Printer Friendly

Fed bailout tackles contractor conflicts, tranche wars.

The Emergency Economic Stabilization Act of 2008, often called the "bailout bill," establishes the federal Troubled Asset Relief Program. The Secretary of the Treasury is authorized to buy or insure up to $700 billion of residential and commercial mortgage loans, mortgage backed securities, and other related assets, originated before March 14, 2008, that the Secretary of the Treasury deems to be "troubled."

The Treasury Secretary is given very broad discretion to issue regulations, defining the scope of this program, by Nov. 17, 2008. In many ways, the program, as enacted by Congress, is merely in skeletal form, and the Treasury Secretary has the power to fill in many details.

For example, the Treasury Secretary has issued interim guidelines to restrict conflicts of interest of contractors participating in the program. These guidelines require each contractor to make full disclosure of actual and potential conflicts of interest, relating not only to such contractor, but also to its affiliates, consultants, and subcontractors, and potentially even its employees.

If there are any such conflicts, the contractor must propose a "mitigation plan." Since practically every experienced contractor could be expected to have some conflicts of interest, the process of investigating and disclosing such conflicts could be very burdensome, and Treasury may be required to make difficult decisions regarding which contractors are conflicted. Treasury may also require agreements, with conflict of interest and non-disclosure provisions, from not only a contractor but also its subcontractors and employees. Each contractor must also disclose whether it owes a fiduciary duty to the U.S. Treasury, which will probably induce most contractors to assume such duty.

Congress clearly expects Treasury to agree to many loan modifications in order to help struggling homeowners. However, a major obstacle to any loan modification affecting a pool of mortgage loans or securities is that it may affect the investors in such pool unequally. The most junior tranche or class may object to any loan modification that would impair its recovery of principal, but the more senior tranches may be willing to sacrifice the interests of the junior tranche for the sake of restoring current payments to senior tranches. This is called "tranche" warfare.

The Act provides that the servicer of a pool of residential mortgages is entitled to take such action as will benefit all investors as a whole, rather than any particular class, subject to any conflicting provision in the applicable pooling and servicing agreement which obligates the servicer to act for the investors.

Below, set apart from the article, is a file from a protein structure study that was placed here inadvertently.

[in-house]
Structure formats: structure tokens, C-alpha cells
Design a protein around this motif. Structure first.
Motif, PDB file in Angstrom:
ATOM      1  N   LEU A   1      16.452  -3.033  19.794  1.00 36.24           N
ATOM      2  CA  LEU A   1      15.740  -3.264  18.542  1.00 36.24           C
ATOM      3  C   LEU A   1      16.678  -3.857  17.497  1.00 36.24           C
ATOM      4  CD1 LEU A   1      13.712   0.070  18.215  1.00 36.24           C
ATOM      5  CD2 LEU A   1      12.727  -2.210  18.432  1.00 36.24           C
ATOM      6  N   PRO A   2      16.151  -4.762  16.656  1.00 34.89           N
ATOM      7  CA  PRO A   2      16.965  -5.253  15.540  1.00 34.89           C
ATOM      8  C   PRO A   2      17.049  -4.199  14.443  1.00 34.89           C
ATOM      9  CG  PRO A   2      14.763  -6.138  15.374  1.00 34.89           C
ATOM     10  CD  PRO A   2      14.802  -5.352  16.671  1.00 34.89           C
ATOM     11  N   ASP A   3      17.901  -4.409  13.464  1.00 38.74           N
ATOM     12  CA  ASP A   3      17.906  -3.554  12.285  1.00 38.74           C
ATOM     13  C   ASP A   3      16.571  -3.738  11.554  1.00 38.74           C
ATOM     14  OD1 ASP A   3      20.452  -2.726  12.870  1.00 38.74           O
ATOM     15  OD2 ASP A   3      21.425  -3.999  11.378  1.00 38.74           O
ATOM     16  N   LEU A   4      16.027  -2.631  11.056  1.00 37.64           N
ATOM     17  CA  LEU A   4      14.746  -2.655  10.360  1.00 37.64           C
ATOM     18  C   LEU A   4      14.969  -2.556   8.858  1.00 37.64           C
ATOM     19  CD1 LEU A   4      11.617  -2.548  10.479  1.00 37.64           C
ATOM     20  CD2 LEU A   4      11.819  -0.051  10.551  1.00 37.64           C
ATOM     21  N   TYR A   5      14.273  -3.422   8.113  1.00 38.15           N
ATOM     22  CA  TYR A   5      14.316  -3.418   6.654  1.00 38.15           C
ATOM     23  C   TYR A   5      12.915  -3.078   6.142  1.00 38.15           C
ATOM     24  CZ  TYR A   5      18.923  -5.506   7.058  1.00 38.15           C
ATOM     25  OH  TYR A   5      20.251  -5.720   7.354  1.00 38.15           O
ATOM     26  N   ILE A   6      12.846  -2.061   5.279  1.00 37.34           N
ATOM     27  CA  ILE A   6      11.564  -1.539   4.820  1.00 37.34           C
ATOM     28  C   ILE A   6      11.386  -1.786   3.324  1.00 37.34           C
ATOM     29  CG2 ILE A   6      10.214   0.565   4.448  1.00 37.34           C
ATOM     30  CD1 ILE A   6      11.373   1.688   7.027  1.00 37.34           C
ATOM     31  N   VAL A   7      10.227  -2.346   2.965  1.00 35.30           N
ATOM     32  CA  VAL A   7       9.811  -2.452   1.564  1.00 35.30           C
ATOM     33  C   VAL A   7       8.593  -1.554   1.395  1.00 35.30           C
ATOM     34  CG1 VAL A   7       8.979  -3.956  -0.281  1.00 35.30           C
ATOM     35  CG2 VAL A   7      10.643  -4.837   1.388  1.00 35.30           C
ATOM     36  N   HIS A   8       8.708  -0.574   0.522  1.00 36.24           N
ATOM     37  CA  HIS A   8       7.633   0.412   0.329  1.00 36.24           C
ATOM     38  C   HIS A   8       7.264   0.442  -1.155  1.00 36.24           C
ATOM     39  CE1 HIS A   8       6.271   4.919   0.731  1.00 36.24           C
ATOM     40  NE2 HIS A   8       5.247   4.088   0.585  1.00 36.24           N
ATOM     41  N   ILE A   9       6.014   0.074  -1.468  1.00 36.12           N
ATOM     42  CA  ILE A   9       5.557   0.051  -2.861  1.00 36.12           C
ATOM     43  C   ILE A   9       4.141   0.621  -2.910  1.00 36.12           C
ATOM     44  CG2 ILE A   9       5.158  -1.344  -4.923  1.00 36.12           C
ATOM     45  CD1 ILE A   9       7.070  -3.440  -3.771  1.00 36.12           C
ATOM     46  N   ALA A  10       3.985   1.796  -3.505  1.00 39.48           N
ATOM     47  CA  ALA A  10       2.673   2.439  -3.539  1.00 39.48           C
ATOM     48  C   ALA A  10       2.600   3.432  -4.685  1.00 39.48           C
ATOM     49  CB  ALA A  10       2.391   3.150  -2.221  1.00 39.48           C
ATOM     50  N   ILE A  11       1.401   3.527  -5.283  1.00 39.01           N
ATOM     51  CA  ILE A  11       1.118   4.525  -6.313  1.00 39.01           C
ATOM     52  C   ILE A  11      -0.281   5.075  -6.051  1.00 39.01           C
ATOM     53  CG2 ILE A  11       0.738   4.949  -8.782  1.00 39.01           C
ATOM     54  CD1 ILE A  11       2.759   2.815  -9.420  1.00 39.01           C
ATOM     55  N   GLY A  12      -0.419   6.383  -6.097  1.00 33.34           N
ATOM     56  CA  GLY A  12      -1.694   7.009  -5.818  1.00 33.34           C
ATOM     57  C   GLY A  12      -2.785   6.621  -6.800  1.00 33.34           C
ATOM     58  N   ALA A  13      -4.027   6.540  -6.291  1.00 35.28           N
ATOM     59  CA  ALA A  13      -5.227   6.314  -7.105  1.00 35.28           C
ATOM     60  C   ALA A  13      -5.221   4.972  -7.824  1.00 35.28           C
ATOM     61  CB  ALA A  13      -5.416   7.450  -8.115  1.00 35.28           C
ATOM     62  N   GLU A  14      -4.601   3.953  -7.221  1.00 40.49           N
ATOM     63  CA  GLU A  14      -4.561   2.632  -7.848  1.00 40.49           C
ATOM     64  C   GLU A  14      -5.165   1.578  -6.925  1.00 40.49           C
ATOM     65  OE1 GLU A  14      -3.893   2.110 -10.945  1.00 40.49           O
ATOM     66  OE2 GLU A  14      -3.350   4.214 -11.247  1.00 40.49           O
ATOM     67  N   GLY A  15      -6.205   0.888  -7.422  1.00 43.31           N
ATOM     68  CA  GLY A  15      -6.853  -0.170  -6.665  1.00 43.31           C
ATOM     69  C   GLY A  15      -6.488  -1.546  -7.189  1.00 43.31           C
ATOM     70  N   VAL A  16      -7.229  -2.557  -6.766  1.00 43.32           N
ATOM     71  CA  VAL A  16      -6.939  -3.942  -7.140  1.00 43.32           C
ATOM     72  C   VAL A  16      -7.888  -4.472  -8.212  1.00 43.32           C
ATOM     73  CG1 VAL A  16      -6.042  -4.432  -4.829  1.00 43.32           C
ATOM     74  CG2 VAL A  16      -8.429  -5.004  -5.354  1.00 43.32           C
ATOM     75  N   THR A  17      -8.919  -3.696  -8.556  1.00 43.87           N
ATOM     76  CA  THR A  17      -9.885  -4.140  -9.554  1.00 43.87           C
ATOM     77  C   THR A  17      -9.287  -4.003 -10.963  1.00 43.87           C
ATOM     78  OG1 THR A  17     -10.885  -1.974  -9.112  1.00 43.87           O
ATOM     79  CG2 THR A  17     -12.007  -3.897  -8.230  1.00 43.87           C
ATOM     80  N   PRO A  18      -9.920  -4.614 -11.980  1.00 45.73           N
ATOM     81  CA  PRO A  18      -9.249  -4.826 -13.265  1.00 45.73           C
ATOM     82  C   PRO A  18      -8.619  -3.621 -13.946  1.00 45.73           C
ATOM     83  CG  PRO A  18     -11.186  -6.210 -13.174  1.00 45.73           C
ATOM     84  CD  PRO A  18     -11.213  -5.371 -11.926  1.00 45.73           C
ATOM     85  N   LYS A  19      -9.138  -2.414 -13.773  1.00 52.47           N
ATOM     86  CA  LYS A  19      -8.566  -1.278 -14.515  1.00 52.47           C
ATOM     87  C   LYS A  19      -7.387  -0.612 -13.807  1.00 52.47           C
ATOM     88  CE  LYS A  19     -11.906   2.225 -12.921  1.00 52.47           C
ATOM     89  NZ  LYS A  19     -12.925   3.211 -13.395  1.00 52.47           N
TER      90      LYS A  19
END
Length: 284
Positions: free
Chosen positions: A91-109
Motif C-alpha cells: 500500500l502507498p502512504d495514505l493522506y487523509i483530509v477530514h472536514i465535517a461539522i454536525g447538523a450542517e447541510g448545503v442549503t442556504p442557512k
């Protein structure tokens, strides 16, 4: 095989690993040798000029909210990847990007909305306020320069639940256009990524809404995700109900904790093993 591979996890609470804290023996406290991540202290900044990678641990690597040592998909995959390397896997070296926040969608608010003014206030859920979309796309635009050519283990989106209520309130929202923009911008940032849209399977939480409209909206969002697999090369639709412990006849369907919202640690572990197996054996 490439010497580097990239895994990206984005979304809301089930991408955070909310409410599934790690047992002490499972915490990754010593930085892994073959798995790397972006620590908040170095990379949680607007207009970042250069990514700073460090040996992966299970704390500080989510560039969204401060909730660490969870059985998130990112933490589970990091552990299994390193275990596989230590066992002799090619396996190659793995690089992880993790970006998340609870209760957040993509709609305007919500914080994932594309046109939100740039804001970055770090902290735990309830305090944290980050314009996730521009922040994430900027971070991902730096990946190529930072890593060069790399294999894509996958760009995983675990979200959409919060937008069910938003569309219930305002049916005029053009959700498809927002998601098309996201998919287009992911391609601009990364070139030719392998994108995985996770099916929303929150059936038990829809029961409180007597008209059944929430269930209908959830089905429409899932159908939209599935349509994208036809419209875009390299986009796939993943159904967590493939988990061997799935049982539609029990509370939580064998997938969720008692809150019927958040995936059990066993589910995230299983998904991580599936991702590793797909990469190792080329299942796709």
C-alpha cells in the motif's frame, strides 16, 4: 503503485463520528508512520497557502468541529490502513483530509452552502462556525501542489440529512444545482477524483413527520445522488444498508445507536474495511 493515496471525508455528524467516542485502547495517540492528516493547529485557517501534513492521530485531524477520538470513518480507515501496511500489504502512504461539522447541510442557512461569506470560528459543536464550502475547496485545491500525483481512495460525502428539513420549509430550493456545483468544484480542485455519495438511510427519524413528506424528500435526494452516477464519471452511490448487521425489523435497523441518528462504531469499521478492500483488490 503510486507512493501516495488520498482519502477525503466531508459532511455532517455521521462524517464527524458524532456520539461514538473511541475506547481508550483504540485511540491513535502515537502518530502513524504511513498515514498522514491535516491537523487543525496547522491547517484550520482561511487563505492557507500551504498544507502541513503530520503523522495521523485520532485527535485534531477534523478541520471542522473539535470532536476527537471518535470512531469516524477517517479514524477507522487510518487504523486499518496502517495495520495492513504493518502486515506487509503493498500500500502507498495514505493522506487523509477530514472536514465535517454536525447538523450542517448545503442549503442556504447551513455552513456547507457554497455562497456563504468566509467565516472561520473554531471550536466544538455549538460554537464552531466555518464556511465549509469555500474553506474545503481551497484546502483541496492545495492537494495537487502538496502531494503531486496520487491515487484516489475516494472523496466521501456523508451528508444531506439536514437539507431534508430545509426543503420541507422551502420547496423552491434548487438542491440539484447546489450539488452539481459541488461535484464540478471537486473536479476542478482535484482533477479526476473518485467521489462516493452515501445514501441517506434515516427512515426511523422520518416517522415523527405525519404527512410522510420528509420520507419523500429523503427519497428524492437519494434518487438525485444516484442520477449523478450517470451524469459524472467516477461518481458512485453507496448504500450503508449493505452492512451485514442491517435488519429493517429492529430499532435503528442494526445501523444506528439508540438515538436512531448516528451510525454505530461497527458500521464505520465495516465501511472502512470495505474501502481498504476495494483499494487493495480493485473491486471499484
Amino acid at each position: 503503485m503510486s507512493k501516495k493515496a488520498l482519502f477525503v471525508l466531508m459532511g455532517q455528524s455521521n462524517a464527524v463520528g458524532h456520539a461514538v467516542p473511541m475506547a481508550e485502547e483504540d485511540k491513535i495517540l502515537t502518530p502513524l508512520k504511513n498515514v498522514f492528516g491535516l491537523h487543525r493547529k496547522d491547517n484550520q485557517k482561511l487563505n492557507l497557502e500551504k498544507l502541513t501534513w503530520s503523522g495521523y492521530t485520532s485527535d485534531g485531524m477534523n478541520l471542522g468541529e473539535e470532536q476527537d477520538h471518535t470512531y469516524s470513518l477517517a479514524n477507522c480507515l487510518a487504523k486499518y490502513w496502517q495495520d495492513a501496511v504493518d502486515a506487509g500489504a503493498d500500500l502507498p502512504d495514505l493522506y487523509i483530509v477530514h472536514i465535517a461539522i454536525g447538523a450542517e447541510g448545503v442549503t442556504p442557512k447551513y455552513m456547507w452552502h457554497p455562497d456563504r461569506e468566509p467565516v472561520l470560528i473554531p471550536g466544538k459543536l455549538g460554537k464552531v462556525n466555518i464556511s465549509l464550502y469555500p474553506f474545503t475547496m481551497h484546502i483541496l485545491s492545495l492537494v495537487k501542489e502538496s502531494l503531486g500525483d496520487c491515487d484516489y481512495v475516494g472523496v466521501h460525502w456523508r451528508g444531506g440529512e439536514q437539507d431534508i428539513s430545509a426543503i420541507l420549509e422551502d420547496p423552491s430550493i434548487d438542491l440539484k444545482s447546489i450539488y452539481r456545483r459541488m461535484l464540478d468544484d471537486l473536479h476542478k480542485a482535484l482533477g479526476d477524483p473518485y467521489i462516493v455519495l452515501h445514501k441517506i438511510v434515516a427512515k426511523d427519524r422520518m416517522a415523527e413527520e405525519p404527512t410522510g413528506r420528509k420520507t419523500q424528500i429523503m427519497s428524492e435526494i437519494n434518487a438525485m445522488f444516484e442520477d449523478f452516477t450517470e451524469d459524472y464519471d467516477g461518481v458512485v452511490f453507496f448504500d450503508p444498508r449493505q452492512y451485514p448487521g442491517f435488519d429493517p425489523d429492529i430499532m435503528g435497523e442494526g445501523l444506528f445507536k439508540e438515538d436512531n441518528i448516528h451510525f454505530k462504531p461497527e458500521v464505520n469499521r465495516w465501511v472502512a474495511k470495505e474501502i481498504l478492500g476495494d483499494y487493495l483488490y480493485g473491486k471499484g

Nonetheless, servicers of pools of mortgage loans or securities will probably still refuse to enter into a loan modification unless it has been approved by the investors in such pool, and such investor consent is unlikely to be granted on a wide scale. While many pooling and servicing agreements do provide limited flexibility to enter into loan modifications, these agreements will probably not permit the substantial loan concessions that Congress is hoping will be granted to struggling homeowners. Many pooling and servicing agreements require the consent of each investor to any modification of the underlying mortgage loans that would change the scheduled payments to such investor. This is consistent with the Trust Indenture Act of 1939.

Even if the U.S. Treasury was willing to absorb all cash flow deficits in a given pool of mortgage loans, it could generally not enter into any significant loan modification affecting such pool unless it acquired at least two-thirds of the mortgage securities secured by such pool, since the typical form of pooling and servicing agreement requires such two-thirds consent.

The required consents for a given loan modification will be even more difficult to obtain if(I) a pool of mortgage securities includes interests in other pools of mortgage loans, (2) any homeowner has more than one mortgage loan (each loan is usually securitized separately and included in a separate pool), (3) any homeowner has private mortgage insurance, which is generally terminated by a loan modification, (4) any net interest margin securities with respect to any pool (representing the residual or "equity" interest in such pool) have been insured by an insurer, since such insurer must also generally consent to any amendment to the pooling and servicing agreement, and (5) any loan modifications are significant enough to jeopardize the tax-free REMIC status of the pool.

COPYRIGHT 2008 Hagedorn Publication
No portion of this article can be reproduced without the express written permission from the copyright holder.
Copyright 2008 Gale, Cengage Learning. All rights reserved.

Article Details
Printer friendly Cite/link Email Feedback
Title Annotation:INSIDER'S OUTLOOK
Comment:Fed bailout tackles contractor conflicts, tranche wars.(INSIDER'S OUTLOOK)
Author:Boyd, Brook
Publication:Real Estate Weekly
Date:Oct 15, 2008
Previous Article:CBRE advises on Rt. 22 portfolio.
Next Article:Hidden issues emerge in commercial property acquisitions.

Terms of use | Privacy policy | Copyright © 2020 Farlex, Inc. | Feedback | For webmasters